(Mk 12, 28-34)
One of the scribes came to Jesus and asked him,
“Which is the first of all the commandments?”
Jesus replied, “The first is this:
Hear, O Israel!
The Lord our God is Lord alone!
You shall love the Lord your God with all your heart,
with all your soul,
with all your mind,
and with all your strength.
The second is this:
You shall love your neighbor as yourself.
There is no other commandment greater than these.”
The scribe said to him, “Well said, teacher.
You are right in saying,
He is One and there is no other than he.
And to love him with all your heart,
with all your understanding,
with all your strength,
and to love your neighbor as yourself
is worth more than all burnt offerings and sacrifices.”
And when Jesus saw that he answered with understanding,
he said to him,
“You are not far from the Kingdom of God.”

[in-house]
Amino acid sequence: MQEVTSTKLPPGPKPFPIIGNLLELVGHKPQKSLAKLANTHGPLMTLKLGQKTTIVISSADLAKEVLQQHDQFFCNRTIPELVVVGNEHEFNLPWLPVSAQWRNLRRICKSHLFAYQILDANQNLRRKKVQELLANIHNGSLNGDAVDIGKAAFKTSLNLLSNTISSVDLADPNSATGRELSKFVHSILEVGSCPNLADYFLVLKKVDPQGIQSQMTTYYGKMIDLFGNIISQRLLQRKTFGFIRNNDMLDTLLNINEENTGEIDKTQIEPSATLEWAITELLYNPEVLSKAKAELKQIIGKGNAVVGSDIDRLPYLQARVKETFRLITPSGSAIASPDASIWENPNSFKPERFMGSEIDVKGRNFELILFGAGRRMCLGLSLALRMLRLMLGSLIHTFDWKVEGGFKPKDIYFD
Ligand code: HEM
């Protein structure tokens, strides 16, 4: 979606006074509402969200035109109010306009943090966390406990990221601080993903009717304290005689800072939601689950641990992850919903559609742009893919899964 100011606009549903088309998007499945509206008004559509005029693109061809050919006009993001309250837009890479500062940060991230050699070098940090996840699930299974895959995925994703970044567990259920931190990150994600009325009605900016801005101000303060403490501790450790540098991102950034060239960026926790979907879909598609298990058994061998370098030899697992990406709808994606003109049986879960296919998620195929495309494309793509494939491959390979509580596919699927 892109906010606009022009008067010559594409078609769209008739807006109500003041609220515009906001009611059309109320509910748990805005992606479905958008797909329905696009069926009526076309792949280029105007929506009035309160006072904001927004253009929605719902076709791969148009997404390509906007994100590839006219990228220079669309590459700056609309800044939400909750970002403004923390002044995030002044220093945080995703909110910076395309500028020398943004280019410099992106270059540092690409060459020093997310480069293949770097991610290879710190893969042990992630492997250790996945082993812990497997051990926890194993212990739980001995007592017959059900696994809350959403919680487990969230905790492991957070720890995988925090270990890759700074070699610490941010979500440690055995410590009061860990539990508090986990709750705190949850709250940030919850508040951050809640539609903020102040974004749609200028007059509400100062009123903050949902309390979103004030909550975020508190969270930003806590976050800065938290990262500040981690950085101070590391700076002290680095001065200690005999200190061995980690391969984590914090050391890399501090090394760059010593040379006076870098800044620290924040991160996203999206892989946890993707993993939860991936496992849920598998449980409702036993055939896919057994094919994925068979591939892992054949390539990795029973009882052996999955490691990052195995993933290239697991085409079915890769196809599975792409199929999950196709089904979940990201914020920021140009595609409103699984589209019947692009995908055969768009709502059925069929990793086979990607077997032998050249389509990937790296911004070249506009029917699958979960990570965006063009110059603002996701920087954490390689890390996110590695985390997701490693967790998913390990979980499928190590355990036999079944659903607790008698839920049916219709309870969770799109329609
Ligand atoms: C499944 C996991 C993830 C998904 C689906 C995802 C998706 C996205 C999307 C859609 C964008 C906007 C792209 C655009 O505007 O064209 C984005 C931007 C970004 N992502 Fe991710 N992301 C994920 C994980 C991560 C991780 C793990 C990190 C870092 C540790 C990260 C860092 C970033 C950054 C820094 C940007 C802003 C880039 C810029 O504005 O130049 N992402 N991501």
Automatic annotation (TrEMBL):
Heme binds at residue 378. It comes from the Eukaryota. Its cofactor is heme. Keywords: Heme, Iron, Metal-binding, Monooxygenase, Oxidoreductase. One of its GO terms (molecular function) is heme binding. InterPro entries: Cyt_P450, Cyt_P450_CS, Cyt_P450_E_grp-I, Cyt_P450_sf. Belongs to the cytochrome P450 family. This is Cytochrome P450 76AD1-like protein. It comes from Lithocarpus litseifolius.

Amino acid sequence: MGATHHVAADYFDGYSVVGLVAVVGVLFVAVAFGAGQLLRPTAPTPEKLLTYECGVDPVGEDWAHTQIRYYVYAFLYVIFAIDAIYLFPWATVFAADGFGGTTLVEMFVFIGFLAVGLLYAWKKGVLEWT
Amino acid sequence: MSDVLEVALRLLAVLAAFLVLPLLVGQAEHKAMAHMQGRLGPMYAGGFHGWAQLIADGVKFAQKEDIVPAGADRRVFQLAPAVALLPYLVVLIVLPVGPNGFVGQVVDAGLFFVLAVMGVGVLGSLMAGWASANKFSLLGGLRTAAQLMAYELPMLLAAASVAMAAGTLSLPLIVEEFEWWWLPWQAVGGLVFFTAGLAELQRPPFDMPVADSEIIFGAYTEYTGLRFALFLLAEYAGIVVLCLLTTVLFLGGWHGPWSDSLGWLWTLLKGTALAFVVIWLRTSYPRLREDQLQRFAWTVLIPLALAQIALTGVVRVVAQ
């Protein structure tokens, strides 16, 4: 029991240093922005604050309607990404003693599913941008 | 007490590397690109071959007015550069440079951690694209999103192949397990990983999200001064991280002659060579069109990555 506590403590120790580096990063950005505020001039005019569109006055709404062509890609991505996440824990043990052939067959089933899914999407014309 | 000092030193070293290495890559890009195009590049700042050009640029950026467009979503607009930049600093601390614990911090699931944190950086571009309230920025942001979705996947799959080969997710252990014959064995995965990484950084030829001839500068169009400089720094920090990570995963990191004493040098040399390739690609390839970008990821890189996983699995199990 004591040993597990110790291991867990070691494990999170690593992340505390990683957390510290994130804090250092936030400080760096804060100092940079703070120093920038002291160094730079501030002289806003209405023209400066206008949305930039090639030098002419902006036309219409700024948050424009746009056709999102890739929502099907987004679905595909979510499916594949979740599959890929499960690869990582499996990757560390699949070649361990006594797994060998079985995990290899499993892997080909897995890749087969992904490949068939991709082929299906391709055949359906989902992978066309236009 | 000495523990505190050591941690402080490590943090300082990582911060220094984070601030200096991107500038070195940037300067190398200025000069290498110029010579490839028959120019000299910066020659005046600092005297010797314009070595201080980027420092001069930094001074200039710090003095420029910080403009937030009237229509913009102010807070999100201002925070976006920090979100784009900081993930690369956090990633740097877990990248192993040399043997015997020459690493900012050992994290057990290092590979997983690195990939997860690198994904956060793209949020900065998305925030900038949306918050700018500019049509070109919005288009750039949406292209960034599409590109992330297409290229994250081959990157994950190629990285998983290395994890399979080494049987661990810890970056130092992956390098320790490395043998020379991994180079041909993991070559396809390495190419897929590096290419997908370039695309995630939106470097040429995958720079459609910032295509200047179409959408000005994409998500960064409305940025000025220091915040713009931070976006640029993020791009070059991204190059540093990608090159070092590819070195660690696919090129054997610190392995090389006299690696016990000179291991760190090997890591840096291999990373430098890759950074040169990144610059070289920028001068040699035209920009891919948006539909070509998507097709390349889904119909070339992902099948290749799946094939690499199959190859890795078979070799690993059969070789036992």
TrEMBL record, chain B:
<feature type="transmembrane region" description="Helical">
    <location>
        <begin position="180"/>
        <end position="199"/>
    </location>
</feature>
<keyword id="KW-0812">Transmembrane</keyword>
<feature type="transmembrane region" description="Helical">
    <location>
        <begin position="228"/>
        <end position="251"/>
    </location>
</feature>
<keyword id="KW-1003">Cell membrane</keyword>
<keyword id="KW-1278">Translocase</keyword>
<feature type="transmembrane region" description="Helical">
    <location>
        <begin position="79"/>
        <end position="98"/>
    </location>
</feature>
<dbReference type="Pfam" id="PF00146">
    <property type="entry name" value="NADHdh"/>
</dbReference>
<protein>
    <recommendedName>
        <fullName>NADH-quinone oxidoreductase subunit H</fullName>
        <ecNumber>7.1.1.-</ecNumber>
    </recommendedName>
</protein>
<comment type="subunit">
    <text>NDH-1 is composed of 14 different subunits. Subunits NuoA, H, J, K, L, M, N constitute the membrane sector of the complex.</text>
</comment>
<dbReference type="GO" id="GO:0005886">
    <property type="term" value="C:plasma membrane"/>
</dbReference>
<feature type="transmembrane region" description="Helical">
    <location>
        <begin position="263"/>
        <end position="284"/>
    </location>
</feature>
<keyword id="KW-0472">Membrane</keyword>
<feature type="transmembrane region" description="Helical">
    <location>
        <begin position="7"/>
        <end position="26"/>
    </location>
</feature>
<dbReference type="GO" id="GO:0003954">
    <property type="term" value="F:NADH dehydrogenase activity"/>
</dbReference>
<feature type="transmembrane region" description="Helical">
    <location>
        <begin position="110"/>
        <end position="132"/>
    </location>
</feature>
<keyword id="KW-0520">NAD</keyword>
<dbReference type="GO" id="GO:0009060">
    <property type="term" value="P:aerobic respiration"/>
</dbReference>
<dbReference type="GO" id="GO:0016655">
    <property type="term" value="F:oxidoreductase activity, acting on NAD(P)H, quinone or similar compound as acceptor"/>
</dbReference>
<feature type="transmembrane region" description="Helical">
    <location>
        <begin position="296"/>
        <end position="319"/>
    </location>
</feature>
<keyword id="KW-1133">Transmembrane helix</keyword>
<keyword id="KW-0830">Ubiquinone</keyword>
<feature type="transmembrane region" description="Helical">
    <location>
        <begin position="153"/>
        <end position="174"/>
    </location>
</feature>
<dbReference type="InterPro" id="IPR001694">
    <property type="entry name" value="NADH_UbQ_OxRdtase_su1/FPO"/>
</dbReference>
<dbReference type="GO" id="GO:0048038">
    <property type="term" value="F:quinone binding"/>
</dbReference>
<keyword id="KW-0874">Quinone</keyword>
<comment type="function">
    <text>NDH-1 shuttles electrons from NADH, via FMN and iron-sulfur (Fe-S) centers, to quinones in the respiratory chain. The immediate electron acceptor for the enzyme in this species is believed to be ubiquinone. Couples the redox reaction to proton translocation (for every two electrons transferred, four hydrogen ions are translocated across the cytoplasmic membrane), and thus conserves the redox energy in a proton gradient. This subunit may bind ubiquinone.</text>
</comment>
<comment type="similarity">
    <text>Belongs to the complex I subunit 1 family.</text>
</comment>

And no one dared to ask him any more questions.
Almost, but not quite!
“Almost, but not quite” is a phrase we use to console those who missed the grade. It tells them that just a little more and they would have made it. It is a complement but hardly an accolade. A grade of 74 is almost 75. It is not yet enough to pass, nonetheless. Such is the grade of the teacher of the law who interviewed Jesus. “You are not far from the kingdom” said Jesus. He was almost in but not yet inside, unfortunately.
Why was the wise teacher still outside ? Because he knew the truth, but knew it only in his head. To be part of kingdom one must not only know the truth in one’s head but also to know it in one’s heart, that is, to live by it. The one “best in religion” is not really the one who has a grade of 95 in the test examination but the one who practices his faith. One may know the definition of love. But if one does not actually love what good is the knowledge of it ?
In the Gospel of Luke version of this episode the interlocutor would further ask “who is my neighbor?” Jesus will then answer with the parable of the Good Samaritan. Those who belong to the kingdom are not so much those who know as much as those who do! Are you in the kingdom? Or are you “almost in, but not yet quite?”
Fr. Paulson V. Veliyannoor, CMF